Online retail has failed to gain meaningful traction due to the mall culture in South Africa. It seems the most considerable change has been competition, and this has impacted pricing within the clothing retailers. Over the next 10 years, I imagine not much will change as there’s little evolution in clothing retail. If anything, what happens to Edcon could potentially influence the next big change. Till then, it will be business as usual, and they will be at the mercy of consumers.
It would be amiss to not mention the property sector which has been the worst-performing asset class this year. In the last decade, not only have the number of malls and shopping centers grown exponentially but also the size of the malls constructed.
Oversupply of retail space
The oversupply of retail space is now biting landlords as they have faced downward revisions to rentals. The bargaining power shifted to tenants. The lockdown has made many tenants consider a turnover based rental agreement. If tenants get their way, property may no longer be the stable income yield asset class that it has been and will be more subjected to the health of tenants. One thing is for sure though, South Africans will still prefer shopping in malls.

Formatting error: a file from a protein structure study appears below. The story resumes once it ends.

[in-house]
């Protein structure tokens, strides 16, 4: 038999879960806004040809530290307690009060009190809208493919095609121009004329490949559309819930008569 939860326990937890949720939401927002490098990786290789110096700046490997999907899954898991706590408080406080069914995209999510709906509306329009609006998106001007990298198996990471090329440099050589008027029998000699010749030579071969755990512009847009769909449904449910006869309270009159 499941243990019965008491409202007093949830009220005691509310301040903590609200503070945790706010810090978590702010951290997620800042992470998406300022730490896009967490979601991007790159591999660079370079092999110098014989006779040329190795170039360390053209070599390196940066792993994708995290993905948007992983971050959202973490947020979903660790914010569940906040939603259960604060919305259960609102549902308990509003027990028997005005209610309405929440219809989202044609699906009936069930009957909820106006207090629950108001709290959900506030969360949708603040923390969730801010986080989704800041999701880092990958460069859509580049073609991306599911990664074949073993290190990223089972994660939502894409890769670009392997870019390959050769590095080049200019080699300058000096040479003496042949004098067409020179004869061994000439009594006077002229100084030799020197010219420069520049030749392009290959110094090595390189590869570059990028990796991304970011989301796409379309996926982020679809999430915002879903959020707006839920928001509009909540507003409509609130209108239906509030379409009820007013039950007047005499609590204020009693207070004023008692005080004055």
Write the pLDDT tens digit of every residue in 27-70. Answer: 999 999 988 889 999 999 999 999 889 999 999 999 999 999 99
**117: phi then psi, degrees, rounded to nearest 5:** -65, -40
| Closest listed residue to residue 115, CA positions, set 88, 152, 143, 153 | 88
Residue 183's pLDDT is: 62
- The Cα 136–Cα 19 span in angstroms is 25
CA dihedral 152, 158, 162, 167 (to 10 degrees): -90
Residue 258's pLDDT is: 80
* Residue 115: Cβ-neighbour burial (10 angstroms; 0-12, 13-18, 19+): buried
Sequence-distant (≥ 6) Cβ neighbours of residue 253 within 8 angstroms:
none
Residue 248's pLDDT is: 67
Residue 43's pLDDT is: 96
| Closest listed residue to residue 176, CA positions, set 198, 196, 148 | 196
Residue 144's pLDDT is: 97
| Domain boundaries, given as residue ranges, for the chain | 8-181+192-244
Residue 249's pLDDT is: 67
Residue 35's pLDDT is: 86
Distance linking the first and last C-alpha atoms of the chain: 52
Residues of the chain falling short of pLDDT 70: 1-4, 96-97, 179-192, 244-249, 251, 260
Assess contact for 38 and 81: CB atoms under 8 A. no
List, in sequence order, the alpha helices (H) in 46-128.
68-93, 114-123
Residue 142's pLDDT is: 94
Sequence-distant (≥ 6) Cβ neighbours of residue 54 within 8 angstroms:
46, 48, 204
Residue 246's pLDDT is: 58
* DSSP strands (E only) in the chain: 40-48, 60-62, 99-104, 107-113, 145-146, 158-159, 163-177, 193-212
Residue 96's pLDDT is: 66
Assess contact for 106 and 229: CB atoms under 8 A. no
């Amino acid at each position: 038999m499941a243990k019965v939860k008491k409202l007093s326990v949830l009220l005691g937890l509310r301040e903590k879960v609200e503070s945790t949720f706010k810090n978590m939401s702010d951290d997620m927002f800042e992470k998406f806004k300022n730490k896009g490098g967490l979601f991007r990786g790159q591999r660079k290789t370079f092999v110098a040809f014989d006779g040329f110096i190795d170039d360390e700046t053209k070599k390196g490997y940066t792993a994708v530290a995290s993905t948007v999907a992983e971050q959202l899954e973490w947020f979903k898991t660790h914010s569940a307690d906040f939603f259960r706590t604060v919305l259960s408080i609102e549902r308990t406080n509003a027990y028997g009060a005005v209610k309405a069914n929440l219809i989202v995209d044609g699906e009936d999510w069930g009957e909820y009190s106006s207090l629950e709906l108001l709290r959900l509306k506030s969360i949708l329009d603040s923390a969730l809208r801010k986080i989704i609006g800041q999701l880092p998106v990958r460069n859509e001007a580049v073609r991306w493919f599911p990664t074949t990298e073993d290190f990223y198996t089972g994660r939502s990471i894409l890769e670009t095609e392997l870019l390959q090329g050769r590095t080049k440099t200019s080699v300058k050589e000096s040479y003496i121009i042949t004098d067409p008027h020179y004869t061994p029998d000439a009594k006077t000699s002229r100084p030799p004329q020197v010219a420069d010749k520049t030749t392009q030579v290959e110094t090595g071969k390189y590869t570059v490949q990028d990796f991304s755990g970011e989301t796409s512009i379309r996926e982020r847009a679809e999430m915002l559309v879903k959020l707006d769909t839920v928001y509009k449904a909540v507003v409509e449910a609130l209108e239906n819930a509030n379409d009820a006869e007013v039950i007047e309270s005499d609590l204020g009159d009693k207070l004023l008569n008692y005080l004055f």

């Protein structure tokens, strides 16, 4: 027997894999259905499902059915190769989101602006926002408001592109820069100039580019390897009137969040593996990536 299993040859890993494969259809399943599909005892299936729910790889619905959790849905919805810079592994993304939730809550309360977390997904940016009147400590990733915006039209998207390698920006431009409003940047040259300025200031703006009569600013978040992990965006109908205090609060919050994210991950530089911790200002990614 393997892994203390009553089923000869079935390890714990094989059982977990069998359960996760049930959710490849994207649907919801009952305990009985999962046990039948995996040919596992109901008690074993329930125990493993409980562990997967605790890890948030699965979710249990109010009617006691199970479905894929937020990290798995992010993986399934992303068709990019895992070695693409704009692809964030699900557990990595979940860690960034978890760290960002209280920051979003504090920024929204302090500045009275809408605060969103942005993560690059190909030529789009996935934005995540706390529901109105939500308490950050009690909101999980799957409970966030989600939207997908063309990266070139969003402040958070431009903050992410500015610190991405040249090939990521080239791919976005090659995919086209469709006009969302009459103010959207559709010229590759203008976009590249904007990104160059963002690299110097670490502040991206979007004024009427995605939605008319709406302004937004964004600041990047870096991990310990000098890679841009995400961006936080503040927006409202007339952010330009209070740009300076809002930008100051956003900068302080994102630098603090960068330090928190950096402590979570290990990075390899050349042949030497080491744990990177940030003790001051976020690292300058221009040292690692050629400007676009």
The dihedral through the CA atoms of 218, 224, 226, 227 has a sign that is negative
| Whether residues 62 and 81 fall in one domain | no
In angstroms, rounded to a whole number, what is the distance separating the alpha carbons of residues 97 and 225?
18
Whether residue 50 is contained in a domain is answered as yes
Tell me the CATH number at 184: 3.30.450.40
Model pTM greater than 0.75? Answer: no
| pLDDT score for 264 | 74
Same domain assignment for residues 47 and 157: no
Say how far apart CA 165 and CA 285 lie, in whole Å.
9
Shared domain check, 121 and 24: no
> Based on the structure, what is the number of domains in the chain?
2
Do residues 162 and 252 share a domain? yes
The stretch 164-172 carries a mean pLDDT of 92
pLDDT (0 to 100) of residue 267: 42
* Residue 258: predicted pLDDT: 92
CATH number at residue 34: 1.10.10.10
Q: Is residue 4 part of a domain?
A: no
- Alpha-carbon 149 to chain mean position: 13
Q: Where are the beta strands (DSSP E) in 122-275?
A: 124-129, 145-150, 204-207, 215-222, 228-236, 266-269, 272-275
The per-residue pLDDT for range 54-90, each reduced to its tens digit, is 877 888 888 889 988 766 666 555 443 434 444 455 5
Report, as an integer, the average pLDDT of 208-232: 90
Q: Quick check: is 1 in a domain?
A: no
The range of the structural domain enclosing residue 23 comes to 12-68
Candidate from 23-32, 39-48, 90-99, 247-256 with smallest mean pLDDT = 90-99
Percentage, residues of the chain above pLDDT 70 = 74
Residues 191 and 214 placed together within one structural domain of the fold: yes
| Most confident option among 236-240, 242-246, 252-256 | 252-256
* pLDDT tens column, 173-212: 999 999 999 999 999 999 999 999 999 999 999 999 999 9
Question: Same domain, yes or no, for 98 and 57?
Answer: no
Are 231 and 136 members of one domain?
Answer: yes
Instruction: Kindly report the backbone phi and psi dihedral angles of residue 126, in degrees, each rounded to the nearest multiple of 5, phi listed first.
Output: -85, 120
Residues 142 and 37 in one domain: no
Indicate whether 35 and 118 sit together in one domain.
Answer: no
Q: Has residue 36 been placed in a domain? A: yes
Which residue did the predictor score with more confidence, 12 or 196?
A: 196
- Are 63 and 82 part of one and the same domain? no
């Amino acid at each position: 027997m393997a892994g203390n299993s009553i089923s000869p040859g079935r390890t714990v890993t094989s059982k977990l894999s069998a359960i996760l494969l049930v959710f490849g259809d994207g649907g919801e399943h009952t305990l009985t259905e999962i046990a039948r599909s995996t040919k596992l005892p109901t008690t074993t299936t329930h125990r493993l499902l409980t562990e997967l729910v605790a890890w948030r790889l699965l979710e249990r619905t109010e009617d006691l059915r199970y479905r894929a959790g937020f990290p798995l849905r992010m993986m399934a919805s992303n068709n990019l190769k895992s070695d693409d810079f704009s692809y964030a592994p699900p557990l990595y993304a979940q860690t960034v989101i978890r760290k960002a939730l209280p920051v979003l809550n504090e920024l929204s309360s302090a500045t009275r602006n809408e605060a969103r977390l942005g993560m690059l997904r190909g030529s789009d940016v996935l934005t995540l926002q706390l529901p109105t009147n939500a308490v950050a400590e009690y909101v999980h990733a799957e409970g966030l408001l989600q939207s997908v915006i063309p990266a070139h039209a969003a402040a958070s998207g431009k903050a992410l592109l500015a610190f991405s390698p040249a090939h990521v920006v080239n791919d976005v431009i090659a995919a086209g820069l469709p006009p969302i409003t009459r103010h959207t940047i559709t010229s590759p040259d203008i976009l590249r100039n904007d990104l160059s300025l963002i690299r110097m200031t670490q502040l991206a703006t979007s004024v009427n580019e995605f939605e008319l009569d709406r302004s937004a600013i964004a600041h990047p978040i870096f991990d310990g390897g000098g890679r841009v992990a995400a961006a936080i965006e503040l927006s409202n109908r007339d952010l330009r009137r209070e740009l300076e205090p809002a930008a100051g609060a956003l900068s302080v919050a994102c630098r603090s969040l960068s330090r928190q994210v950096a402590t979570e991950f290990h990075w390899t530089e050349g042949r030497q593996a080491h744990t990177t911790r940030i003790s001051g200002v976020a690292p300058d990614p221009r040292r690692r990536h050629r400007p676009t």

The telcos will no doubt have a very different future compared to the last decade. MTN and Vodacom have had significant pricing power and dominant market share. Cell C appeared to be an adept competitor when it came to the market, however, having too much debt cut its reign.
Within the last decade, tech and social media companies have dominated global headlines. A smartphone has become a necessity as opposed to a luxury, with WhatsApp most likely the main form of communication in our country. These factors provided a tailwind for our telcos, despite increased competition within the industry. The "data must fall" campaign caught the attention of the regulator, which did not bode well for the big players.
After much resistance, they eventually capitulated and agreed to lower pricing. Technology is ever-evolving and with smartphone penetration still low in many of the regions our telcos operate in, there is still room for growth. In South Africa, competition will continue to intensify as Telkom stealthily continues to invest in its network and pick up market share. This is one sector that’s likely to have more shake-ups.
This list goes on. Each industry has had its fair share of structural changes. Over the last few years, the low-hanging fruit has largely been picked in efforts to eke out growth in a period where the economy is barely expanding.
To invest in equities, you need to have a long-term outlook, as not only is economic outlook far from rosy but also because within each industry the landscape has truly changed. The waters are murky for now, the easy wins are few and far between, but equities’ higher risk is expected to generate higher returns. For better or worse we should all be in it for the long term.
* Nolwandle Mthombeni is an analyst at Mergence Investment Managers. Views expressed are her own.